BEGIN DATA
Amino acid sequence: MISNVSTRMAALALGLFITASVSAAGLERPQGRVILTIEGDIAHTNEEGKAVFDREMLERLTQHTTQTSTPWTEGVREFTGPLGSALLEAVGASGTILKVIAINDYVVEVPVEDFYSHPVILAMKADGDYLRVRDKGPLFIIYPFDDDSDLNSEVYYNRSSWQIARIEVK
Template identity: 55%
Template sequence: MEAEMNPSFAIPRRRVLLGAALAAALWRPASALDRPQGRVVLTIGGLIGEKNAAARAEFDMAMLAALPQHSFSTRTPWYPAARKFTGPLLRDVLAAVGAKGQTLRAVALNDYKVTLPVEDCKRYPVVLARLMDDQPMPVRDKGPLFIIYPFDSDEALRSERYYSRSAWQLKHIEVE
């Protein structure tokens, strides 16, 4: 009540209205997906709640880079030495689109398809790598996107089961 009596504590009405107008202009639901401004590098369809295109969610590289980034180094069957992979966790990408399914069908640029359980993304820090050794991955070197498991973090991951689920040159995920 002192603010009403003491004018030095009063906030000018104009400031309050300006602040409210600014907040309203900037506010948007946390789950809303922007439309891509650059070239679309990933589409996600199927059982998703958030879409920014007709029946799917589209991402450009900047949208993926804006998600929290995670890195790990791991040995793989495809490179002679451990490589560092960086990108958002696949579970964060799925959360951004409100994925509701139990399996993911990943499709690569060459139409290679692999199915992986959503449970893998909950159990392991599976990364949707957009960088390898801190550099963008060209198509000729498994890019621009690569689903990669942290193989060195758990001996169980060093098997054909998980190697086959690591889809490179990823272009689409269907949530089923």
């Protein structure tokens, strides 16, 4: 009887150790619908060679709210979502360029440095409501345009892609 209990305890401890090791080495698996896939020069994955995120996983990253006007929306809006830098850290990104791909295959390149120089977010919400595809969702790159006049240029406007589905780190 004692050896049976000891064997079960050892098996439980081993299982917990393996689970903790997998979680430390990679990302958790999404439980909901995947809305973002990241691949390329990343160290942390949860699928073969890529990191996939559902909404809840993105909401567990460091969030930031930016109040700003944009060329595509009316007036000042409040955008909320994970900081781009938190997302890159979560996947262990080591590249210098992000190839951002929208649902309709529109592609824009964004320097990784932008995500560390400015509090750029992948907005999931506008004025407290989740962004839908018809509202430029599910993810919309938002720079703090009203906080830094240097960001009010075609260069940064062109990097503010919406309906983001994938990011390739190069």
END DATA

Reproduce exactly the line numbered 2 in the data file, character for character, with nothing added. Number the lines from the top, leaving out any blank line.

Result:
Template identity: 55%